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Cross-talk between platelets and the vessel wall

About this project

Project information

Project status

In progress

Contact

Magnus Grenegård

Research subject

Research environments

Particular emphasis has been directed towards the role of endothelium-derived nitric oxide (NO), prostaglandin I2 (PGI2), and adenosine in taming of human blood platelets. It has been shown by us and others that concomitant exposure of platelets to NO and adenosine/PGI2 provokes a strong, synergistic inhibition of human platelets (Fig. 1). These findings most likely reflect the importance of a functional and health endothelium to keep circulating platelets in a dynamic resting state. From pharmacological perspectives, it would be a great progress to utilize the power of NO and PGI2 to control misdirected platelet activation. Ongoing research aims to identify new molecular targets for NO-releasing drugs and reveal more precise mechanisms by which NO combined with adenosine/PGI2 suppress human platelets.

Fig. 1 Inhibition of platelets by NO and adenosine. Thrombin (the most powerful activator of human platelets) provokes complete aggregation and dense granule secretion (left traces). Mimicking the endothelium by co-stimulation of platelet with a NO-releasing drug and adenosine abrogates platelet activation by thrombin (Grenegård et al 1996, Asplund Persson et al 2005; key publications no 8 and 12). The underlying mechanisms comprise NO/cyclic GMP-mediated inhibition of phosphodiesterase class III leading enhanced cyclic AMP response (top right) as well as strong inhibition of thrombin-induced Ca2+ mobilization (bottom right).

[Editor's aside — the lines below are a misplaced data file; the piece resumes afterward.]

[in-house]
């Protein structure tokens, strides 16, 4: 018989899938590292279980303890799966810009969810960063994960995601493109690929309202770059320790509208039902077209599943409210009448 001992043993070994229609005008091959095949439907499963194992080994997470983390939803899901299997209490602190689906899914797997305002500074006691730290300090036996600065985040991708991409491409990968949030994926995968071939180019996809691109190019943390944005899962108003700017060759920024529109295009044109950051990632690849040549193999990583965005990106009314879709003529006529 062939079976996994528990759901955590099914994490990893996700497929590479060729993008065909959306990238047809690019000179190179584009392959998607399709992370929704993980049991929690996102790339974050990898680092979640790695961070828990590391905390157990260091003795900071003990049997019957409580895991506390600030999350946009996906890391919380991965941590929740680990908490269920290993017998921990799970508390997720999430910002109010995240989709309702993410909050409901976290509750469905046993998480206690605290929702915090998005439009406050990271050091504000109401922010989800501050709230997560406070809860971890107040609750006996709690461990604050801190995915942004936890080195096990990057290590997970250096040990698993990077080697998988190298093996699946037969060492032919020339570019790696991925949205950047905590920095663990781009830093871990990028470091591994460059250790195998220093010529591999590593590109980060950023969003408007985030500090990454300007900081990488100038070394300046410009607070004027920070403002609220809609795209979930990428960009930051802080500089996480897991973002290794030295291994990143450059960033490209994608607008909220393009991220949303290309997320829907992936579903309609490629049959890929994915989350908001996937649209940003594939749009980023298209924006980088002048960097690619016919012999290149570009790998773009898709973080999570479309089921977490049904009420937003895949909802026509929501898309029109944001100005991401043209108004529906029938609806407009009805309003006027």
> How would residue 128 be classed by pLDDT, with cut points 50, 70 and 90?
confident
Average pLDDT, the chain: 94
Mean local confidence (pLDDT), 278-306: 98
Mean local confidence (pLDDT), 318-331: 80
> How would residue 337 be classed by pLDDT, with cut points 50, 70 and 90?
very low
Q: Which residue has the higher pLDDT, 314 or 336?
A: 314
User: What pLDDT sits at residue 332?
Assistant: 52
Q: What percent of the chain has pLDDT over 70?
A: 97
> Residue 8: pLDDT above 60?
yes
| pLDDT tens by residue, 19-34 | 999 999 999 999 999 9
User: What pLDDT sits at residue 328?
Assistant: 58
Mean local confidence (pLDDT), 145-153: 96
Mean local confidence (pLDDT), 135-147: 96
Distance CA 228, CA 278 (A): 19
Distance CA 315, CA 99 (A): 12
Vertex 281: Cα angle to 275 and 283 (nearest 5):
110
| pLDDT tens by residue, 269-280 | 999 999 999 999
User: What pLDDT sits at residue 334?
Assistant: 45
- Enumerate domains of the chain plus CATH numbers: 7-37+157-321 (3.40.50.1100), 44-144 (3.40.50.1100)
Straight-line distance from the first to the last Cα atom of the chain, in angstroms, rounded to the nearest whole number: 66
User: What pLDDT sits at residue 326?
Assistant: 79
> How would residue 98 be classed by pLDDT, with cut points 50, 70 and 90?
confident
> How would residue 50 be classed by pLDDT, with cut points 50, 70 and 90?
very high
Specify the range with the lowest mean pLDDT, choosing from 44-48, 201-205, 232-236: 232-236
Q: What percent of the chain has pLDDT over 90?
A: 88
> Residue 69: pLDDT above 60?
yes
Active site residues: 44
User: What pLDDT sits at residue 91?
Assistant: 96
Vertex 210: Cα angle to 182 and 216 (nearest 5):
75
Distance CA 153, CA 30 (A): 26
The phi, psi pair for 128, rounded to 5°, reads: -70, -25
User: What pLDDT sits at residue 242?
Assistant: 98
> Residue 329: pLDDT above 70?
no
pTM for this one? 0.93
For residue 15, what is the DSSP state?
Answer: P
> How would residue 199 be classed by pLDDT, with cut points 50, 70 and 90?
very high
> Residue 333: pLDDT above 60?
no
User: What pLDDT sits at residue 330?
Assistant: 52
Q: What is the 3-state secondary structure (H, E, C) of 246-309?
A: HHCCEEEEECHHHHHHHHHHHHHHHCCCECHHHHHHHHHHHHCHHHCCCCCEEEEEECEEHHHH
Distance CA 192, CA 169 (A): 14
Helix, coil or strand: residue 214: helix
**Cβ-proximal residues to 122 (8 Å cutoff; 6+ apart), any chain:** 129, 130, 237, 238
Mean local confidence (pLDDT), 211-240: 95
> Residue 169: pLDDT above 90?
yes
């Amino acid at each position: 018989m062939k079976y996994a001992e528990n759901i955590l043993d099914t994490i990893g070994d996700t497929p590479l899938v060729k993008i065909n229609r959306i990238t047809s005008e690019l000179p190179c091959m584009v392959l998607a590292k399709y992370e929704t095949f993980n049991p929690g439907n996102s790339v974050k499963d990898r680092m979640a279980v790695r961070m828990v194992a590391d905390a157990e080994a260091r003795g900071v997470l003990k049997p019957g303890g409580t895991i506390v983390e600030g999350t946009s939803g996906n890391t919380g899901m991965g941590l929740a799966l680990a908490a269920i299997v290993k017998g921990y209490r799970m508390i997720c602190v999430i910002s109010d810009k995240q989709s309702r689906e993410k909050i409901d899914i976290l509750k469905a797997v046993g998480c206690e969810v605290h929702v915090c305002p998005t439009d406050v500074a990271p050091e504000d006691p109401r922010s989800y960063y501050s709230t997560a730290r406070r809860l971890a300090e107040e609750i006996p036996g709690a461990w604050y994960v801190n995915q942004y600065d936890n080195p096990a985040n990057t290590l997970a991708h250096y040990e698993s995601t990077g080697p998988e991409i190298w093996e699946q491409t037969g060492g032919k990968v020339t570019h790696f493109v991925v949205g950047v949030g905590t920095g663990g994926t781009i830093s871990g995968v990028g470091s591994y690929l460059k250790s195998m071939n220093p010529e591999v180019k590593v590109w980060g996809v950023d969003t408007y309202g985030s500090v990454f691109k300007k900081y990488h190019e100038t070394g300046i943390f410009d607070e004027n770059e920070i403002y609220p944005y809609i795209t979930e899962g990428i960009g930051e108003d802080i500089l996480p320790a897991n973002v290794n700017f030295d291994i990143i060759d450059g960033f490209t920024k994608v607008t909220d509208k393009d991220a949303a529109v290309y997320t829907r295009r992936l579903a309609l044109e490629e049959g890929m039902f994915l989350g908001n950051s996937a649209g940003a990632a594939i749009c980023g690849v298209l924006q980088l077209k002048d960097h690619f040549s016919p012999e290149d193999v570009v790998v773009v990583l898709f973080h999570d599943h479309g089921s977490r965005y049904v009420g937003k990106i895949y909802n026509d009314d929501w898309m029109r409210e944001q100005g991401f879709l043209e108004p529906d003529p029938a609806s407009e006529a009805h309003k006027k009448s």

Key Publications

  1. Differentiation of human dermal fibroblasts towards endothelial cells. Differentiation. 2013.
  2. A novel role of phospholipase D as an endogenous negative regulator of platelet sensitivity. Cell Signal. 2012.
  3. Hyaluronic acid influence on platelet-induced airway smooth muscle cell proliferation. Exp Cell Res. 2012.
  4. Protease-activated receptor 1 (PAR1) signaling desensitization is counteracted via PAR4 signalling in human platelets. Biochem J. 2011.
  5. Alpha 1-acid glycoprotein (AGP)-induced platelet shape change involves the Rho/Rho kinase signalling pathway. Thromb & Haemost. 2009.
  6. The ATP-gated purinergic P2X1 receptor plays a pivotal role in activation of aspirin-treated platelets by thrombin and epinephrine. J Biol Chem. 2008.
  7. The acute-phase protein alpha1-acid glycoprotein (AGP) induces rises in cytosolic Ca2+ in neutrophil granulocytes via sialic acid binding immunoglobulin-like lectins (Siglecs). FASEB J. 2007.
  8. Cross-talk between adenosine and the oxatriazole derivative GEA 3175 in platelets.Eur J Pharmacol. 2005.
  9. Nitric oxide inhibits gastric acid secretion by increasing intraparietal cell levels of cGMP in isolated human gastric glands. Am J Physiol. 2005.
  10. Synergistic activation of human platelets by lysophosphatidic acid and adrenaline. Haematologica. 2002.
  11. Release of oxygen metabolites from chemoattractant-stimulated neutrophils is inhibited by resting platelets: role of extracellular adenosine and actin polymerization. Blood. 1996.
  12. Synergistic inhibition of thrombin-induced platelet aggregation by the novel nitric oxide-donor GEA 3175 and adenosine. Br J Pharmacol. 1996.

 

Contacts

Professor Magnus Grenegård This is an email address

Researcher Knut Fälker This is an email address

Research funding bodies